Catholic priests have celebrated Masses for “the renewal of the faith” at Mass rocks in all of Ireland’s 26 dioceses.
The priests offered the Masses at secluded locations where their persecuted predecessors had used rocks as altars centuries earlier.
Each of the Masses was celebrated for the intention of “the renewal of the faith in Ireland through the intercession of the Irish Martyrs” in a campaign organized by the Irish office of the charity Aid to the Church in Need (ACN).
Msgr. Tommy Johnston, one of the participating priests, offered Mass on Mass Hill in the Ox Mountains, County Sligo.
“The Mass rock there is a huge boulder with an uneven surface offering no indication that it could possibly be used for such a sacred purpose,” he said.
“Perhaps that is why it was chosen. It did not warrant a second glance. It was above suspicion.”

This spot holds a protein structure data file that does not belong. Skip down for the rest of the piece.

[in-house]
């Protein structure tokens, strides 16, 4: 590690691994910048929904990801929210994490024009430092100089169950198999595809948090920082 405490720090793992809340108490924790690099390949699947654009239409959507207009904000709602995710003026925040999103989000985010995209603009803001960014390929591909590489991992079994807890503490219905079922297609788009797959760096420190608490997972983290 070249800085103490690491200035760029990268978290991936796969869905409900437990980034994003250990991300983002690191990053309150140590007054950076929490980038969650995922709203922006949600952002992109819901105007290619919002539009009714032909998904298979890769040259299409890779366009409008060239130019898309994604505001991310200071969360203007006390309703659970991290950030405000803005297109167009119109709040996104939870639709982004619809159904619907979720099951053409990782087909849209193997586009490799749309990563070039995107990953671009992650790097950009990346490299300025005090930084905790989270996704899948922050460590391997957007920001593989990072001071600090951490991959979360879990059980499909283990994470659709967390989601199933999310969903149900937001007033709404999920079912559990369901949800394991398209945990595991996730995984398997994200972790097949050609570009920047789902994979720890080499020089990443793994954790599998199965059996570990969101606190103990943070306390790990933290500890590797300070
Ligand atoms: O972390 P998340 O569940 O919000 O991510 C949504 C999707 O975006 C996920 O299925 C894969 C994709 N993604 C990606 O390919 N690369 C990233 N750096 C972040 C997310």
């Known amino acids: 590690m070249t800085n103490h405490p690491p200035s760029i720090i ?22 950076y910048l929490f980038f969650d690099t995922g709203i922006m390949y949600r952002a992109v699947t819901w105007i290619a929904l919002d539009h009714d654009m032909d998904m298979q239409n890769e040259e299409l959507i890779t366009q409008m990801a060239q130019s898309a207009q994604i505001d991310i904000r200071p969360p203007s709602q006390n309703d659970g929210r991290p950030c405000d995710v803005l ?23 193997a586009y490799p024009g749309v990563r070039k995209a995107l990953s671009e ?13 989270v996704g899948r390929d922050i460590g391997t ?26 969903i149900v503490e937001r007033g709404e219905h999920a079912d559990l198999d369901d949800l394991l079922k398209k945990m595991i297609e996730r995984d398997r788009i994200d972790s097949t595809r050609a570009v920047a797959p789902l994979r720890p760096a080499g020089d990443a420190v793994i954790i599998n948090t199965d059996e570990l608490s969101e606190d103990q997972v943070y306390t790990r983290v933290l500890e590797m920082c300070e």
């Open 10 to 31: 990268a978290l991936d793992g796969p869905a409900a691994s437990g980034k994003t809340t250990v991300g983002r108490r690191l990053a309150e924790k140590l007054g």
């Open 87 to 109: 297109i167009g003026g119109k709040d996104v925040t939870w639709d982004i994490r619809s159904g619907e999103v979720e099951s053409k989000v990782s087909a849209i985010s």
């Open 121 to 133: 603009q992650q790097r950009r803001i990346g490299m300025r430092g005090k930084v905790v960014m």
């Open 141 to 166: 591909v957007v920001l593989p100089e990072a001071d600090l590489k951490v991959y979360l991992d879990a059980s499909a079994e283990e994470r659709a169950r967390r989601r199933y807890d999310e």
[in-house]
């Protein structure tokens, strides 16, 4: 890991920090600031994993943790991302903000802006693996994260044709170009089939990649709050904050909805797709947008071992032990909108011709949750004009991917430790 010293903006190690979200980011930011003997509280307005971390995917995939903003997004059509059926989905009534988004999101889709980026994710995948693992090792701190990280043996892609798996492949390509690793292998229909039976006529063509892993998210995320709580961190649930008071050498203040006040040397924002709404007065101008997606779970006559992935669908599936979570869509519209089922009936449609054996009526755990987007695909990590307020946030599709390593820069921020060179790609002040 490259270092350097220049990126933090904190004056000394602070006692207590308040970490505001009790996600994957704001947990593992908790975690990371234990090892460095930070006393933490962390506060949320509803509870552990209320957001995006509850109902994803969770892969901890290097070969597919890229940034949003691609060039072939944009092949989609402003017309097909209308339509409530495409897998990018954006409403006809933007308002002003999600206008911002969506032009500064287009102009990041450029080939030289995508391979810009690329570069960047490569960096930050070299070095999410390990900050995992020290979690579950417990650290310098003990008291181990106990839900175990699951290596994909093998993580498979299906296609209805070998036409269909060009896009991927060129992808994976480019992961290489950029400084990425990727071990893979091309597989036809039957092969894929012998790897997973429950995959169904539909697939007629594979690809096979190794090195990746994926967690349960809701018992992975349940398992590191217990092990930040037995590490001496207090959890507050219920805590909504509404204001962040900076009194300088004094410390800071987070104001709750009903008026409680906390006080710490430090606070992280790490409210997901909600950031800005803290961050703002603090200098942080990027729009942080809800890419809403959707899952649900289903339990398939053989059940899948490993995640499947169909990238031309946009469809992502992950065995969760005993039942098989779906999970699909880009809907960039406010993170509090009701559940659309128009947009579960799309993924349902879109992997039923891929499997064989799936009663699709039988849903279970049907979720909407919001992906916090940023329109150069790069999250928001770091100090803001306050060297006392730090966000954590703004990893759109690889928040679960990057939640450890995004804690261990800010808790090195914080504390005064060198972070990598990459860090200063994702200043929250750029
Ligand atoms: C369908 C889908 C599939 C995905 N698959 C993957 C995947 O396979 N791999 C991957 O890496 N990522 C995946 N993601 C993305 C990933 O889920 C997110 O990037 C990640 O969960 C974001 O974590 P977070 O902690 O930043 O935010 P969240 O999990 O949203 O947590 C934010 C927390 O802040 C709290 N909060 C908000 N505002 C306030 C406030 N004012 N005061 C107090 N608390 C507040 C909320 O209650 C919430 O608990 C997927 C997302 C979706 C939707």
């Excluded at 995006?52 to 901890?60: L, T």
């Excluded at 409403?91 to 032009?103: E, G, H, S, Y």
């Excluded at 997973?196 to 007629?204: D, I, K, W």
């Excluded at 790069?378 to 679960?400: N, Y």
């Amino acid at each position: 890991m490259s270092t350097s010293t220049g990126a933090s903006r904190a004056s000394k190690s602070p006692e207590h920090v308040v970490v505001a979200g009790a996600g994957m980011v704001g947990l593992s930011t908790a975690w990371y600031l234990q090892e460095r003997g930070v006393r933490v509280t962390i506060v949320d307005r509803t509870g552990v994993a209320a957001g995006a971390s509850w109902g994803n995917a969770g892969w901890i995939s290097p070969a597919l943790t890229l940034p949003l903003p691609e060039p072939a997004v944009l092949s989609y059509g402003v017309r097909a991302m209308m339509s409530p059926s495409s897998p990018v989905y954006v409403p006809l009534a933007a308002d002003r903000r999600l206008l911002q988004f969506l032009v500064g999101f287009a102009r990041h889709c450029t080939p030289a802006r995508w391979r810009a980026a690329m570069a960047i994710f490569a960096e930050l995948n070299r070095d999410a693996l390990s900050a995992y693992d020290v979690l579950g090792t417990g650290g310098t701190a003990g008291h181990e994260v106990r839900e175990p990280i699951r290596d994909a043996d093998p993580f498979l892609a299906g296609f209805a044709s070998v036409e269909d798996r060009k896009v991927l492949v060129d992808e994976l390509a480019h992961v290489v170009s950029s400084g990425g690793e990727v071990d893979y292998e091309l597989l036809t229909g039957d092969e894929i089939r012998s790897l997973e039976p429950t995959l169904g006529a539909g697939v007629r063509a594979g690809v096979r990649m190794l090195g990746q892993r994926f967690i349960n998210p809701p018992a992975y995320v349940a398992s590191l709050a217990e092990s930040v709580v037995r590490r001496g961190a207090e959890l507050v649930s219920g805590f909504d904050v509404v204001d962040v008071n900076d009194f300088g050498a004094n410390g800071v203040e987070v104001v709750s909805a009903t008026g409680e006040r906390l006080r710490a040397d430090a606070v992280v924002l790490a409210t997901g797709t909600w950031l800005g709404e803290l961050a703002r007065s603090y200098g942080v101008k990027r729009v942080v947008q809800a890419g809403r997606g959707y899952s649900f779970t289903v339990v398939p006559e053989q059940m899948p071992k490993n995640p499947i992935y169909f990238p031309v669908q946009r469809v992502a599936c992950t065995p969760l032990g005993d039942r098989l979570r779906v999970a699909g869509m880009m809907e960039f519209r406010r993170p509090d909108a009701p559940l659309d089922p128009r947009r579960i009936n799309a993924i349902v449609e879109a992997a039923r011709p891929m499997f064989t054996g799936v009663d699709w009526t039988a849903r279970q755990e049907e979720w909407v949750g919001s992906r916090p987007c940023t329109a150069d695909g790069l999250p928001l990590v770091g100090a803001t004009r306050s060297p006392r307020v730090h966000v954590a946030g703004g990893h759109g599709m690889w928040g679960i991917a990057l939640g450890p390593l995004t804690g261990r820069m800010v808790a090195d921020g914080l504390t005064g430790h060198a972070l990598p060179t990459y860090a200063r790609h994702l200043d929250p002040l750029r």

“Its location nestled on the hillside provided a clear, commanding view of the surrounding area, so lookouts, at the first hints of danger, could easily alert those gathered for Mass.”
He added: “It was a unique privilege to stand at a place made sacred by our ancestors who had stood there all those years ago giving voice to their faith in presence and prayer conscious of the ever-present danger to life and livelihood.”
ACN Ireland previously sought to raise awareness of the Irish martyrs by republishing the 1896 book “Our Martyrs,” by the Jesuit priest Fr. Dennis Murphy. The book presents detailed accounts of Catholics killed for their faith in Ireland under the Penal Laws from 1535 to 1691.
The Penal Laws targeted Catholics following the Protestant Reformation. Lay people faced penalties such as fines and imprisonment, while priests faced severe punishments, including death, if caught ministering to Catholics.
ACN Ireland launched the Mass rock initiative after this year’s Easter Octave. It said that the settings of Mass rocks, which it has presented on a map, varied widely. Some are located on Ireland’s coastline, while others are on mountaintops, in grassy fields, or under pine trees. The Mass rocks stretch from County Donegal, in the north, to County Cork, in the south.
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